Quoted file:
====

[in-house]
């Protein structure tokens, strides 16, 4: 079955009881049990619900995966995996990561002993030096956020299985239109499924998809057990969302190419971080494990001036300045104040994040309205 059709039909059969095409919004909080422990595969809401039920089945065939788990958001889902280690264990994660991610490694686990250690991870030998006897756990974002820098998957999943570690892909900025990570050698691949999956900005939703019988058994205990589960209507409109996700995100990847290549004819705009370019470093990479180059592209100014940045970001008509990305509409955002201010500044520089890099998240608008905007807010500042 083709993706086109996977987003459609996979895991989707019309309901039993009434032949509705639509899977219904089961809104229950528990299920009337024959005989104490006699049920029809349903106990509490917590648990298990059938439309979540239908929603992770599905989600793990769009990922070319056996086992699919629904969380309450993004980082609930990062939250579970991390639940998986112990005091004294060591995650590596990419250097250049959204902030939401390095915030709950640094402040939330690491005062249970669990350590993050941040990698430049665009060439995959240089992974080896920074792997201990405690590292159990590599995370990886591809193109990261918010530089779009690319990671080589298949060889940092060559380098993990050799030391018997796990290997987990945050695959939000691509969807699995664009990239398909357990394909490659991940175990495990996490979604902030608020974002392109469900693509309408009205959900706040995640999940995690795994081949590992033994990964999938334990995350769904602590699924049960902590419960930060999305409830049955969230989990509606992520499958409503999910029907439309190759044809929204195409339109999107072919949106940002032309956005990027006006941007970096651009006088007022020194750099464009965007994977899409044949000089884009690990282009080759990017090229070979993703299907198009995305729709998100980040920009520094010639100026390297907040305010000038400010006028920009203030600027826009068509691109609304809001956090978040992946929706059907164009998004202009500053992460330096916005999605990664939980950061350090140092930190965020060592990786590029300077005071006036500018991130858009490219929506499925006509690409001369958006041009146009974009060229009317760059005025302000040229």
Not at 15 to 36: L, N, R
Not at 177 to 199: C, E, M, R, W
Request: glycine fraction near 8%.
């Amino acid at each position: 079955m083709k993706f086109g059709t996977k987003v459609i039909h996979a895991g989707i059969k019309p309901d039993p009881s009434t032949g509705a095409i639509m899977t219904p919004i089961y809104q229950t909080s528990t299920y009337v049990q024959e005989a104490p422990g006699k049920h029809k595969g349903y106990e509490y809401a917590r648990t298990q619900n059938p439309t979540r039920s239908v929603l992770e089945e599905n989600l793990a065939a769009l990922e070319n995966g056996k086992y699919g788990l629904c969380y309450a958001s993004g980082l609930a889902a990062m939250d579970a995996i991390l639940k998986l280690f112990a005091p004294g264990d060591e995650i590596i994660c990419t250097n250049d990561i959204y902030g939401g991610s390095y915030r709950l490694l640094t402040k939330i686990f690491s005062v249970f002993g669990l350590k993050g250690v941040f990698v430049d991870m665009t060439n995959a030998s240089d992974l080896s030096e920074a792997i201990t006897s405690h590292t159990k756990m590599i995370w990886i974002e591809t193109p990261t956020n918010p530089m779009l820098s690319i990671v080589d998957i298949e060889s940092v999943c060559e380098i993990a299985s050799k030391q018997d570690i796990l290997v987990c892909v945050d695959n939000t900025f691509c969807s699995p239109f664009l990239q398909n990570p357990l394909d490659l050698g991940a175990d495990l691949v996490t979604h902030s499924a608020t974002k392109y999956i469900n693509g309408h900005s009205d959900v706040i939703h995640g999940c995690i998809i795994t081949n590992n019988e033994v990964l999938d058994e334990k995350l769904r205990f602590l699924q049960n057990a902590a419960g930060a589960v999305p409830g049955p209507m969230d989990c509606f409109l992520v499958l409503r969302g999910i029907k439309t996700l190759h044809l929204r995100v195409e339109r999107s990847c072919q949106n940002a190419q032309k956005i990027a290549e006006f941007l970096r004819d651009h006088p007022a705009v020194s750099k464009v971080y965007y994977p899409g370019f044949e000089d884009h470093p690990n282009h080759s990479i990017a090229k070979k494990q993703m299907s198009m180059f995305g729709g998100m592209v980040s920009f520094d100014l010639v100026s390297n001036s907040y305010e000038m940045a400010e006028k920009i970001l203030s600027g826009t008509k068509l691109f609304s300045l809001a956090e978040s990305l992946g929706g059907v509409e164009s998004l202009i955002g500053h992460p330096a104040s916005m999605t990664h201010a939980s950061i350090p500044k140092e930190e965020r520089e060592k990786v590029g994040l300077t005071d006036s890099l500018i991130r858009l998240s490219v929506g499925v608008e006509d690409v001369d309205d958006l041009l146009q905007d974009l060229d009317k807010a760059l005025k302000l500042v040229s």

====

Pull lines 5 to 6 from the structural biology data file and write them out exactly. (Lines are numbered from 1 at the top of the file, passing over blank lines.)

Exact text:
Request: glycine fraction near 8%.
């Amino acid at each position: 079955m083709k993706f086109g059709t996977k987003v459609i039909h996979a895991g989707i059969k019309p309901d039993p009881s009434t032949g509705a095409i639509m899977t219904p919004i089961y809104q229950t909080s528990t299920y009337v049990q024959e005989a104490p422990g006699k049920h029809k595969g349903y106990e509490y809401a917590r648990t298990q619900n059938p439309t979540r039920s239908v929603l992770e089945e599905n989600l793990a065939a769009l990922e070319n995966g056996k086992y699919g788990l629904c969380y309450a958001s993004g980082l609930a889902a990062m939250d579970a995996i991390l639940k998986l280690f112990a005091p004294g264990d060591e995650i590596i994660c990419t250097n250049d990561i959204y902030g939401g991610s390095y915030r709950l490694l640094t402040k939330i686990f690491s005062v249970f002993g669990l350590k993050g250690v941040f990698v430049d991870m665009t060439n995959a030998s240089d992974l080896s030096e920074a792997i201990t006897s405690h590292t159990k756990m590599i995370w990886i974002e591809t193109p990261t956020n918010p530089m779009l820098s690319i990671v080589d998957i298949e060889s940092v999943c060559e380098i993990a299985s050799k030391q018997d570690i796990l290997v987990c892909v945050d695959n939000t900025f691509c969807s699995p239109f664009l990239q398909n990570p357990l394909d490659l050698g991940a175990d495990l691949v996490t979604h902030s499924a608020t974002k392109y999956i469900n693509g309408h900005s009205d959900v706040i939703h995640g999940c995690i998809i795994t081949n590992n019988e033994v990964l999938d058994e334990k995350l769904r205990f602590l699924q049960n057990a902590a419960g930060a589960v999305p409830g049955p209507m969230d989990c509606f409109l992520v499958l409503r969302g999910i029907k439309t996700l190759h044809l929204r995100v195409e339109r999107s990847c072919q949106n940002a190419q032309k956005i990027a290549e006006f941007l970096r004819d651009h006088p007022a705009v020194s750099k464009v971080y965007y994977p899409g370019f044949e000089d884009h470093p690990n282009h080759s990479i990017a090229k070979k494990q993703m299907s198009m180059f995305g729709g998100m592209v980040s920009f520094d100014l010639v100026s390297n001036s907040y305010e000038m940045a400010e006028k920009i970001l203030s600027g826009t008509k068509l691109f609304s300045l809001a956090e978040s990305l992946g929706g059907v509409e164009s998004l202009i955002g500053h992460p330096a104040s916005m999605t990664h201010a939980s950061i350090p500044k140092e930190e965020r520089e060592k990786v590029g994040l300077t005071d006036s890099l500018i991130r858009l998240s490219v929506g499925v608008e006509d690409v001369d309205d958006l041009l146009q905007d974009l060229d009317k807010a760059l005025k302000l500042v040229s």